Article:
Seeking Salamanders in a Wooded Wilderness

A Forest Service wildlife surveyer triumphantly (and delicately) displays the object of her search, a Sacramento Mountain Salamander.

An Intense & Beautiful Wildlife Survey for SCA Forest Service Intern Mia Callahan

by SCA Intern Mia Callahan

It’s a Wednesday morning, and we five members of the Smokey Bear Ranger District wildlife crew (well, two members, two interns, and me, a Student Conservation Association recreation intern tagging along for the adventure) are in our office for the week: the Sacramento Mountain Wilderness. In 2004, the Peppin Fire burned most of the range, and since then the wilderness has reclaimed the trail system with a vengeance. A crew came through a week ago and cleared the first five miles of our seven-mile trek, but we’ve been hopping over more than 10 years of accumulated dead and downed debris since yesterday afternoon. It’s slow going, but most of our gear is at camp so at least our packs are lighter than they were at the start of the trip. My coworker Katie looks back at me with a grin: “Getting our high-stepping workout today, huh?”

The terrain around us is a little wetter, a little lusher than most of what we hiked through yesterday. We’re starting to feel cautiously hopeful: we’re surveying for Sacramento mountain salamanders, who tend to hang out in moist soil under damp, downed logs or rocks. The area was surveyed a few years ago, but the debris from the fire made it hard to repeat the effort until just recently. Every so often, someone will pause in their scramble over logs and boulders to poke at a loose stone or a pile of woody material, digging for our quarry. I scan the clouds for a moment and almost trip on the wildlife tech Nano when he kneels in front of me to check out a rotten log.

At a word from Todd, the head wildlife biologist, we fan out on either side of the trail, pawing through decaying plant matter and peering under rocks. We haven’t seen a soul. I feel like we’re trying to coax secrets from the mountains themselves. All we’re looking for is confirmation of presence or absence, and for that we just need to find two salamanders. That’s not too much to ask, right? Two of us focus on that downed log I almost tripped over—the top of it is almost at ground level, and when I squeeze a handful of material it drips moisture like a sponge. Perfect potential salamander habitat. If only the salamanders hadve also made this stunning revelation…

Katie shouts—“I’ve got one!!”—and I jump like a foot in the air. Two of us nearly fall over one another in our excitement, and we spend a few moments making sure we’re balanced again before we hurry over to the site of the discovery.

Cupped in her hands is a juvenile salamander, barely a few inches long and probably indignant at the manhandling. We all exchange high-fives and a steady determination to keep looking. We scatter again, grinning to beat the band, and resume our search.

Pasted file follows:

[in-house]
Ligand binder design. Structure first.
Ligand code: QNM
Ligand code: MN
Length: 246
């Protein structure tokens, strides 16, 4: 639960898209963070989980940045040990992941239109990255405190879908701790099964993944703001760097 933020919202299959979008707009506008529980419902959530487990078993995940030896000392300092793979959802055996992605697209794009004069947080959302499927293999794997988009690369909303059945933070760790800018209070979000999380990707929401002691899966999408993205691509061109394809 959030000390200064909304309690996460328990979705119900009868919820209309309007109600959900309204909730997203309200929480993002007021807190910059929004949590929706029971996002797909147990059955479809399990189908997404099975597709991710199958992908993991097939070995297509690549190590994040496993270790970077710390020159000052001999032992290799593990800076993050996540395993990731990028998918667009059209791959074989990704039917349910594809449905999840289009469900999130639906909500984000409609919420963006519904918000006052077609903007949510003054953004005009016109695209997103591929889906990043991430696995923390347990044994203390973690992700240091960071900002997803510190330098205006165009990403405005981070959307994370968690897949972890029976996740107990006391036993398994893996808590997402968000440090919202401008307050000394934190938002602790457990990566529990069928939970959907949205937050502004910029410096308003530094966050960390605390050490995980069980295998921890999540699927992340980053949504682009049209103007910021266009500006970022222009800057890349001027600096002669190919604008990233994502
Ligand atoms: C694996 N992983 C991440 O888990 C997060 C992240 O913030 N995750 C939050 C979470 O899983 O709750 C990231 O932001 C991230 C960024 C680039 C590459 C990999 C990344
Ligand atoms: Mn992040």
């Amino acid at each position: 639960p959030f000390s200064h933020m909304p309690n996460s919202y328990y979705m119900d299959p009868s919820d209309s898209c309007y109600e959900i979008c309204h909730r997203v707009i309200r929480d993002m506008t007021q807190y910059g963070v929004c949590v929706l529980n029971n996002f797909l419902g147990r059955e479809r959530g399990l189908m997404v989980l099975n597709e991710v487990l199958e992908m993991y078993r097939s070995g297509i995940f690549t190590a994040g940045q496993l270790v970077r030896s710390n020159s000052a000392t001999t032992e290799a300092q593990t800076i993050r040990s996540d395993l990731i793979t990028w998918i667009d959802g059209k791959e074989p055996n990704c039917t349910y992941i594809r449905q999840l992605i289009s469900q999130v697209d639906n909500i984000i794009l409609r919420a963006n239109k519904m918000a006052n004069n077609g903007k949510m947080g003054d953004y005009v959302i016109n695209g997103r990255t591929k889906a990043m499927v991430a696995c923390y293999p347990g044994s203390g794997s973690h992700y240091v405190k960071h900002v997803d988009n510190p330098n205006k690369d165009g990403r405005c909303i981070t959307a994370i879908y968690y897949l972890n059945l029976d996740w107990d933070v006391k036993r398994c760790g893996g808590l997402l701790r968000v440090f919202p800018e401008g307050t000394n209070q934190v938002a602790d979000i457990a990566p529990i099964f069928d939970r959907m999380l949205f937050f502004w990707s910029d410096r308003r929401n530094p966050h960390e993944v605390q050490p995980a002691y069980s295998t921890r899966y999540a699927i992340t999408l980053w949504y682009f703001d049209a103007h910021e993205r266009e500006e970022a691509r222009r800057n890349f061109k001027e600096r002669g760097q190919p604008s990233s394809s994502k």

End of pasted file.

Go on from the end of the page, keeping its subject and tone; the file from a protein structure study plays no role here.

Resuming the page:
That survey we found two salamanders—both juveniles—which meant we had confirmed presence in that location and a potentially positive outlook for future surveys: young salamanders grow up and breed and lead to more salamanders. We hiked 14 miles over three days (four of them spent high-stepping, man oh man we were sore afterwards) and surveyed the entire way. We napped through a thunderstorm in tents (literally we finished setting up camp right as the first drops started to fall), swapped stories around a fire, stargazed, stared at each other in wide-eyed silence as a bear snuffled around our campsite at midnight, got up with the sun, hiked out to the peak, found our two salamanders, hiked back to camp in the rain, and ate truly excessive amounts of raspberries. All in all, a successful surveying expedition.

Over my three months interning with the Forest Service through SCA, I worked recreation and tagged along with wildlife when I could. With the volunteer trails crew, I helped build and install trail signs and used giant antique crosscut saws to clear downed logs. I surveyed trails and tracked visitor usage and walked all through the White Mountain Wilderness with Alexis, my fellow SCA rec intern from Florida. We learned Leave No Trace and shared our knowledge with visitors, and explained the difference between regular national forest land and designated wilderness. With wildlife, I helped survey for Sacramento mountain salamanders and Mexican spotted owls. I spent a very stormy day on top of a mountain ridge hunting for a sensitive species of onion that hadn’t been thoroughly surveyed for in several years. I saw parts of the country I’d never even thought of seeing, and learned a ton, including a thing or two about what I’m capable of, some thoughts about my next steps, and just how many new experiences it’s possible to pack into such a short few months. I better understand the incredible amount of labor and intense level of expertise that conservation work entails, and have a tremendous amount of respect for those who have chosen to make it their careers. Some of the outreach I did in New Mexico turned my eye toward education, and as of last month, I’m serving as an Environmental Educator in Idaho for the next ten months. I never would have even considered the possibility if I hadn’t stumbled across the SCA in my last year of undergrad. It was truly a path-changing experience.

This project was funded by the National Forest Foundation in partnership with the US Forest Service.

 
Partner Organization